The idea may have seemed like a pipe dream, but with the help of crowdfunding efforts the plan to build a beer pipeline through the Belgian city of Bruges is becoming a reality.
"You have to be a bit crazy - like the beer - to do such a project. I just had the money for that, and I liked it. So I went crazy and gave the money to the brewery," said local restaurant owner Philippe Le Loup, who poured some £7,500 into the pipeline.
Brewer Xavier Vanneste got the idea four years ago to pump the beer from his Bruges brewery to a bottling plant outside town in a pipeline instead of having hundreds of transportation trucks blighting the cobblestoned streets of the medieval city.
What at first seemed like an outrageous dream began to seem possible when Vanneste started talking to local beer enthusiasts, he said.
Jokes were coming in fast, with people saying "we are willing to invest as long as we can have a tapping point on the pipeline", Vanneste said. "That gave us the idea to crowdfund the project to make this possible."
Thanks to Le Loup and others, he is now staring at the opening end of the pipeline, which from this autumn will start pumping some 4,000 litres (1,060 gallons) of beer an hour toward the bottling plant, around two miles away in a nondescript industrial zone.
"That is a lot of beer, more than you can drink in a lifetime," said the owner of De Halve Maan brewery, which in addition to the Brugse Zot - Madman of Bruges - beer, is also famous for its Straffe Hendrik beer brand.
Sending the pipeline along all streets where customers could siphon off their favourite beer without having to leave home was too utopian even for Vanneste, but he came up with the next best thing - IOUs with a lifelong drinking guarantee.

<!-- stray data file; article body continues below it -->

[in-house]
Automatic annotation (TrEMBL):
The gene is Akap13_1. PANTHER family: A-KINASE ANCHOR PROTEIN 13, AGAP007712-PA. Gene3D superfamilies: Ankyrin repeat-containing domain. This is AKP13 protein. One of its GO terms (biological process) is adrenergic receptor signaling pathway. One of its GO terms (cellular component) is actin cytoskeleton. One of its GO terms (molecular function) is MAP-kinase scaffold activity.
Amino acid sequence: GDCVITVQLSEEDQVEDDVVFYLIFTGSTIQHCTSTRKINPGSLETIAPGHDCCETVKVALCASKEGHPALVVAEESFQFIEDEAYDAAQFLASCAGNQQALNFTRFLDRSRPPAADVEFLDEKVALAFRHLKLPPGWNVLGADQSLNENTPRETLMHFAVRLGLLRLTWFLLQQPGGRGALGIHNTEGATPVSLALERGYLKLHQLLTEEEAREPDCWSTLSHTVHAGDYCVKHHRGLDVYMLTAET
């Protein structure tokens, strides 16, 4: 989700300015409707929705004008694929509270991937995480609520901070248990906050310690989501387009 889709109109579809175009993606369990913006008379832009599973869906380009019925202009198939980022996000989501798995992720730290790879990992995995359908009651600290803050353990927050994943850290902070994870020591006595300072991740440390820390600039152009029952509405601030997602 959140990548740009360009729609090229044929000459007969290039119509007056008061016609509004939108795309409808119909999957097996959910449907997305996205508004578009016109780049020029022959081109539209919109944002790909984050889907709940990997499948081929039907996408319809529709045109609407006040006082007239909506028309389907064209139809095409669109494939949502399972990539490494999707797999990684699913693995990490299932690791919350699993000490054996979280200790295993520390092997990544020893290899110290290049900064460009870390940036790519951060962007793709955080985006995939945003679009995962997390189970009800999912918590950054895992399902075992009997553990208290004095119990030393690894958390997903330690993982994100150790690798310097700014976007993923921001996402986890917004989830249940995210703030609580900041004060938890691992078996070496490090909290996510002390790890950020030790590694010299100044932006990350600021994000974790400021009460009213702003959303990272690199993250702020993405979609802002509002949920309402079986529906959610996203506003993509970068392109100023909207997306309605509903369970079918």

"We have several formulas: bronze, silver and gold," he said. "If you put in, for example 7,500 euros (£5,870) you will receive for the rest of your days, every day one bottle of Brugse Zot."
The offer was hard to refuse and about 10% of the total investment for the pipeline has been financed through crowdfunding. With it came a popular surge of support that has stood Vanneste in good stead.
With a warren of municipal, regional and federal laws, building approvals were often difficult to come by for something as unique as a beer pipeline but authorities soon realised a whole community was backing it.
Not only did they provide financial funding for the project, they also provided a political base for it because so many people were supporting it, Vanneste said.
The city also stood to gain. In between the picturesque houses, De Halve Maan brewery has given the city a sense of real life. Vanneste could have done what so many others have done - move out, lock, stock and barrel from the city with its canals, gabled Gothic houses, horse-drawn carriages and restaurants with six-language menus.
Now, he hopes to have the best of both worlds - a historic brewery in a location where it should be and an environmentally friendly way of transporting his brews out to the bottling plant which will allow him to continue to grow.